1.3 Messier objects in Stellarium
Stellarium can be set up to display the Messier objects so that you can see where they are in the sky. Also, for many of the objects you will be able to zoom in and see an image of the object.
To make sure that you have the correct settings enabled, select the third icon down in the left-hand menu (this looks like a star with a speech bubble containing different objects). This opens the Sky and Viewing Options window.
Within this window select the DSO tab marked by a swirling galaxy icon (DSO stands for Deep Sky Objects). On this tab, make sure that ‘M’ for Messier objects is selected. You can also experiment with the two sliders marked Labels and in the Labels and Markers section to control the amount of information displayed on screen (you may need to be careful as displaying too much information can result in a screen that is very cluttered with symbols and names).
Close this window and return to the night sky view in Stellarium. You should now see all of the usual stars but also a variety of different symbols labelled with Messier numbers. As usual you can move around the sky and click on these objects to see more information about them.
You can also click on your chosen Messier object and press the forward slash key [‘/’] to zoom in and take a closer look at that highlighted object. What you see is a photograph (from a variety of sources) of that object taken through a telescope. When you're ready to go back to your original view of the sky, press the back slash key [‘\’].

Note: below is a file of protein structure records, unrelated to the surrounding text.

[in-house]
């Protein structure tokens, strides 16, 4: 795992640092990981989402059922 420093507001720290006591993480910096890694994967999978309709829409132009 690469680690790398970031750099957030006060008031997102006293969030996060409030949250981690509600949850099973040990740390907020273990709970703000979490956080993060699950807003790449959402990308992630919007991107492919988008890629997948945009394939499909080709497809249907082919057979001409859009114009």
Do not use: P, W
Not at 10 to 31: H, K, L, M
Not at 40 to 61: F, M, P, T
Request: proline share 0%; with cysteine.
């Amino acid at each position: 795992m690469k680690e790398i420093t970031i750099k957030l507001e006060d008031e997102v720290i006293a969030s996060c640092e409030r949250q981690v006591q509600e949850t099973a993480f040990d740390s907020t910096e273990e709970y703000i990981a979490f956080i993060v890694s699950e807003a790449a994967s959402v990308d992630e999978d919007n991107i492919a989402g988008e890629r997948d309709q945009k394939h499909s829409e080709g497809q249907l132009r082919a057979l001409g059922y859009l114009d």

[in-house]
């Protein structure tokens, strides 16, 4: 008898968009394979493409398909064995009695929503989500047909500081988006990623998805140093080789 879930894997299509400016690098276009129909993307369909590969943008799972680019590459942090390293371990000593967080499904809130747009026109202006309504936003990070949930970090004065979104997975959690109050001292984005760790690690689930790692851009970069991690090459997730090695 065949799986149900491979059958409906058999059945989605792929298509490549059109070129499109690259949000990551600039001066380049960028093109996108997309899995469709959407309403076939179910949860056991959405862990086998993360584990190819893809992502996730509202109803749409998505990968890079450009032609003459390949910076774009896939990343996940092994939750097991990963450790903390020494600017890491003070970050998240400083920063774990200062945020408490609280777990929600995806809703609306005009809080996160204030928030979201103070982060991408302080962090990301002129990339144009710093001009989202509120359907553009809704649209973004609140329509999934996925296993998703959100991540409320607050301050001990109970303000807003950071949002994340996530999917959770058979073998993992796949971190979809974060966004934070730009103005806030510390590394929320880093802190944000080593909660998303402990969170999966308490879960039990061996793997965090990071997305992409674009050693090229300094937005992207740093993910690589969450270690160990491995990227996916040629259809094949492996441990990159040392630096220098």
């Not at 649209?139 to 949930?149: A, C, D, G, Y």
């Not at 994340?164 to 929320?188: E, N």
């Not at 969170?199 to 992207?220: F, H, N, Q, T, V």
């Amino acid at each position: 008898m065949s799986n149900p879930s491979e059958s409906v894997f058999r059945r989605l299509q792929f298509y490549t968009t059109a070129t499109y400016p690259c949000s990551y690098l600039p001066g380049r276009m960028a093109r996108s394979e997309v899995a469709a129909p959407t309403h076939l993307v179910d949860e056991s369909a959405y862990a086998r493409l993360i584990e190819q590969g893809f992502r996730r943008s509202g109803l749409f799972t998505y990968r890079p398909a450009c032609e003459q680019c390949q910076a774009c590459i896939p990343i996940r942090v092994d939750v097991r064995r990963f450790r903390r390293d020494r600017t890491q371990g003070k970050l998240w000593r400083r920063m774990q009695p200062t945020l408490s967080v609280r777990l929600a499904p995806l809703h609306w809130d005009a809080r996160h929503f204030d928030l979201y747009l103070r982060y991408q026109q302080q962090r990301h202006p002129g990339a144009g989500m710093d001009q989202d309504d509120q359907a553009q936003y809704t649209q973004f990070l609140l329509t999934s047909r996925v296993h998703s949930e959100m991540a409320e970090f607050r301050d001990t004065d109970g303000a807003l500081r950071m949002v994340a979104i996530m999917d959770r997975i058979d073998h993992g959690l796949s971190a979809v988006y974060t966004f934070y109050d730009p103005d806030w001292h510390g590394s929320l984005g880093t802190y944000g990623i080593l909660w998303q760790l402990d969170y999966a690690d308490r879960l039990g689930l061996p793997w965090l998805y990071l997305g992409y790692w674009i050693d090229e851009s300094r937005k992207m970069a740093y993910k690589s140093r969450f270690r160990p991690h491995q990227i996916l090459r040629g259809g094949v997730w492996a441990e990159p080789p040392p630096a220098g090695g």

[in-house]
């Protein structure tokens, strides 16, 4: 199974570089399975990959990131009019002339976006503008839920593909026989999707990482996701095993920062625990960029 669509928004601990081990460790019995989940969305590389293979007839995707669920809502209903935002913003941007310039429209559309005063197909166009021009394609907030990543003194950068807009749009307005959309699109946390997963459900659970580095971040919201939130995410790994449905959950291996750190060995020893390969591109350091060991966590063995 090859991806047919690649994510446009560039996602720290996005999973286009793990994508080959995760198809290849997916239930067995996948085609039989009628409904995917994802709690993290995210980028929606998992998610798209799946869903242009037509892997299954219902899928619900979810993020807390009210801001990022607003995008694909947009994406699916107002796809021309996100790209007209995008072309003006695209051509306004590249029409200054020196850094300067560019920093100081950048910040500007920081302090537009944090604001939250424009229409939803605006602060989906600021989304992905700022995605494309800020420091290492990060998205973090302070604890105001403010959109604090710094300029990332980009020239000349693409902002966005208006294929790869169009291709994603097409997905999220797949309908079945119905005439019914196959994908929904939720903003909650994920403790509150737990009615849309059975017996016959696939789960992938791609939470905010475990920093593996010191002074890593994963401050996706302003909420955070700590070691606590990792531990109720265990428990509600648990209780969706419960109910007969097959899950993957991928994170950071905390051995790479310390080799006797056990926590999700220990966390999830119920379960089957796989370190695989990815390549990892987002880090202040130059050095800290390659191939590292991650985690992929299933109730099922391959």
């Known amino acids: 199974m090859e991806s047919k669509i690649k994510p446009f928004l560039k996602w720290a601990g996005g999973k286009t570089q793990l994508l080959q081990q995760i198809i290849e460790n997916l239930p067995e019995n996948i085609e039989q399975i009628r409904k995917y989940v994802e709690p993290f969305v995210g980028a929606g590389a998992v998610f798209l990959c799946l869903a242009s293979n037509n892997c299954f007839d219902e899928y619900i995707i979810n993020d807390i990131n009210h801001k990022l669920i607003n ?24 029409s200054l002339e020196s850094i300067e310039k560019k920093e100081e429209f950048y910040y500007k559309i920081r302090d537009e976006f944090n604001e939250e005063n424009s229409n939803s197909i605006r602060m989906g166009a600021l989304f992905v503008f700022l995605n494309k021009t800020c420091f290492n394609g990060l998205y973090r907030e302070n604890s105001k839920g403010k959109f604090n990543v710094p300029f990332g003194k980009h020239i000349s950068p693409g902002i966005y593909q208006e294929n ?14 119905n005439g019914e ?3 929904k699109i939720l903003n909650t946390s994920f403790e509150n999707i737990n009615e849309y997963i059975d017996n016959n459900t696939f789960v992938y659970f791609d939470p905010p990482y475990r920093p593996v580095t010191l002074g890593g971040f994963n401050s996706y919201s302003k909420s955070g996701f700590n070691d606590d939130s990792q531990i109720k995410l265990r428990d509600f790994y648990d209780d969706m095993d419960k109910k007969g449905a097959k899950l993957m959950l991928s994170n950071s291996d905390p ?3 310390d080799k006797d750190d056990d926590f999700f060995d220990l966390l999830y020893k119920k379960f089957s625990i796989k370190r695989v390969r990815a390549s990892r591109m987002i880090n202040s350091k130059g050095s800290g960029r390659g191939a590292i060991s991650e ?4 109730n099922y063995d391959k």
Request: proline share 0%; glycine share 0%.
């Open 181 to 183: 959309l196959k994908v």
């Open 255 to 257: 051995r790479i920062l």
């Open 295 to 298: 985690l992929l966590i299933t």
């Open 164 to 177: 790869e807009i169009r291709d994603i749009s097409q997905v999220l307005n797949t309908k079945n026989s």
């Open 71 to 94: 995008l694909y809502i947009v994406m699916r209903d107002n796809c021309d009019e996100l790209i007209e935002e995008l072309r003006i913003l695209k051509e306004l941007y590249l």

[Note: on the mobile versions of Stellarium the display of Messier objects is enabled automatically, so you can simply use the search box to find an object and use the ‘+’ button to zoom in to see the image.]
Activity _unit5.1.2 Activity 2 Messier objects in Stellarium
Having set the options as described, use the Search function in Stellarium to look for a variety of Messier objects.
Search for the following objects:
M31 – The Andromeda galaxy
M42 – The great Orion nebula
M66 – Spiral galaxy in Leo
M11 – The Wild Duck cluster
In each case, note what happens – in particular the height of each object above the horizon.
What do you notice about the display of each object?
You will probably have noticed that some of the objects are high in the sky, while others are low down or close to the horizon. In some cases the screen may appear to go blank. Don’t worry if this happens: take a moment to think about why this might be.
Why might an object not be visible in Stellarium?
On any given date and time, only some of the Messier objects are visible from Tenerife. The 110 objects in the catalogue are distributed across the whole sky, and some will be visible at different times of year to others, depending on where the Earth is in its orbit around the Sun. If Stellarium shows a blank screen, this is probably because the object you have searched for is below the horizon at the selected date and time and so is not visible. The four objects in this exercise were chosen because each is visible at a different time of year: M31 is best placed for viewing in the autumn, M42 in winter, M66 in the spring and M11 in summer.
In the next section you will learn how to use the RA and Dec coordinates of an object to work out whether it will be visible on any given date and determine what would be the best time of year to observe any particular object.